In one sense, this is tame stuff for Hammer and even in this uncut American version, the film seems oddly staid. After a nicely sinister beginning in which nothing is quite right at the opera, the plot takes a long time to get going and the romantic rivalry for Christine’s affections which develops between Hunter and Ambrose is tedious, relying as it does on the colourless De Souza and the irredeemably hammy Gough. Nor does it help that the extracts from the opera are so appallingly amateurish. But Heather Sears is good as the innocent young singer and Herbert Lom’s performance as the sad, deformed Petrie is a triumph in every respect. Using exquisitely subtle body language and managing, somehow, to make the expressions in his single eye tell a whole story of pain and frustration, Lom is unforgettable. It may be heretical to say this but when I think of the Phantom of the Opera, it is Lom who comes immediately to mind. His sepulchral tones echo throughout the film, even during his (too) lengthy absences and it’s a shame, in retrospect, that Fisher didn’t have the courage of his convictions and made his relationship with Christina the central focus of the story. This may have taken it away from the original material but it would have been a far stronger piece of filmmaking.
Still, Terence Fisher is a strong, capable director and while the film may meander, it’s never boring. The flashback scene, in which Petrie’s story is enacted, is brilliant stuff filmed like a waking nightmare brought on by delirium. Elsewhere, as usual, Fisher manages to give a lush appearance to a medium-low budget film and the scenes at the Opera House are aided immeasurably by the use of Wimbledon Theatre as a location. There’s less visual intensity through the use of rich colour than you find in, for instance, Brides of Dracula but the sequences in the Phantom’s subterranean hideaway have a memorably fantastical quality. He also skilfully builds the tension in the second half, ensuring that the climax is deeply satisfying – although it’s hard not to echo several critics in wishing that Michael Gough’s Lord Ambrose had met the gory fate which he so richly deserves.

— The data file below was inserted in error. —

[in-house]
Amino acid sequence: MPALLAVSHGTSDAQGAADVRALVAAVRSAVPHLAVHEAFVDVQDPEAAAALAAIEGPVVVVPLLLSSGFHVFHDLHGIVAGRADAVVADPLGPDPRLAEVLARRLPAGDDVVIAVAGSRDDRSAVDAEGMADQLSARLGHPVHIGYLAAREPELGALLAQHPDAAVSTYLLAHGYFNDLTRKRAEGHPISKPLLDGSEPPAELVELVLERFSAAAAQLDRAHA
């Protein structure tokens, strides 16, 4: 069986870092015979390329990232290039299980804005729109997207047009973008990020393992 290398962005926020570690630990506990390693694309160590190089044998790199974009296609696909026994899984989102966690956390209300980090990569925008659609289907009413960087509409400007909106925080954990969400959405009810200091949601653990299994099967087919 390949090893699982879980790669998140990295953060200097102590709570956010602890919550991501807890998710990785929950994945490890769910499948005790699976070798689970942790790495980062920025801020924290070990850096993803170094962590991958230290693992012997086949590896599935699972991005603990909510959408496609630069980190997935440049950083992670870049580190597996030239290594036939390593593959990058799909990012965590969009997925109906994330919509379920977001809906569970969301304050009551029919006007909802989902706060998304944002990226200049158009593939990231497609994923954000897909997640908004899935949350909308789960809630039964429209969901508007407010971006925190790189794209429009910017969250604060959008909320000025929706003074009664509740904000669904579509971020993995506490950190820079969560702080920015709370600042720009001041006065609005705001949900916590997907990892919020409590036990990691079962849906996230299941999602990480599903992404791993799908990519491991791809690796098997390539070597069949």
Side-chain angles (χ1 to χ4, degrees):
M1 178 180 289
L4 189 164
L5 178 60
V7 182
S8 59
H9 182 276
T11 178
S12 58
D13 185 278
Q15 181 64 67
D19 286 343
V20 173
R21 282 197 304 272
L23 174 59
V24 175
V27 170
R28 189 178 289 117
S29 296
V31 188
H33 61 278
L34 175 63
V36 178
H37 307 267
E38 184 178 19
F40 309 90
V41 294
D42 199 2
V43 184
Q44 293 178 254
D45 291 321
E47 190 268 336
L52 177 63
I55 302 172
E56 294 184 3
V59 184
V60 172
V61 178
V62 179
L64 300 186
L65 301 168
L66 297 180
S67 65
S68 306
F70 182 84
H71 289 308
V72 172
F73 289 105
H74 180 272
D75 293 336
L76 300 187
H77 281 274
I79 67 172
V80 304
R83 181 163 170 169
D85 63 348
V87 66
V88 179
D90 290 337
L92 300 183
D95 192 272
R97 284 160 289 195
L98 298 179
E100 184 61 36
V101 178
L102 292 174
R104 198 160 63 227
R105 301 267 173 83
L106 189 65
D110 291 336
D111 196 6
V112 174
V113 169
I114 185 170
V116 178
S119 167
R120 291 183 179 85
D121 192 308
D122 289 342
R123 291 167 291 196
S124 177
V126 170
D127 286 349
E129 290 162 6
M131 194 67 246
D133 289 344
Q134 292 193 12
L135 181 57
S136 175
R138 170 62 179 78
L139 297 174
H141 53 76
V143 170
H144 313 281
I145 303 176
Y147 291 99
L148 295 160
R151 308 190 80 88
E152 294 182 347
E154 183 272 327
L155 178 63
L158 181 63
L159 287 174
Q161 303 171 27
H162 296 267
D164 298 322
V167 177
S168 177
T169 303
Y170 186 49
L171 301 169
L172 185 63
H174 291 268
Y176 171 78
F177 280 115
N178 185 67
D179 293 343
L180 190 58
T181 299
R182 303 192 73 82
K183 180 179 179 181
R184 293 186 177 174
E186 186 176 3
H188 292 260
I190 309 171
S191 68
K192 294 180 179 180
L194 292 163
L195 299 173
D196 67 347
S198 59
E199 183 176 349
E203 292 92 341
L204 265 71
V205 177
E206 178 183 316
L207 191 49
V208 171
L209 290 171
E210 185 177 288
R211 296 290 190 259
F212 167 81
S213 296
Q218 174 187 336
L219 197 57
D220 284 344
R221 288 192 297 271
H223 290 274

Hammer’s Phantom is an unjustly neglected film and it looks pretty good on DVD. The transfer is framed at 2.00:1 and is anamorphically enhanced. Exactly why it would be framed at 2.00:1 is a mystery since no non-Scope Hammer film should be any wider than 1.85:1. Indeed, many of their earlier films were intended for projection at 1.66:1. Is this a major problem? Well if you’re going to be purist then yes it is since it results in over-matting and impacts upon the composition of the film. Did it affect my enjoyment? Not at all.
The film elements appear to be a little worn and this results in slightly faded colours. There is also some print damage evident in the first half. However, there’s plenty of detail. The level of grain varies between quite acceptable and slightly excessive, although that’s partly a matter of personal taste. Once again, the mono soundtrack is excellent, rendering the awful pseudo-operatic sequences a little too clearly for comfort.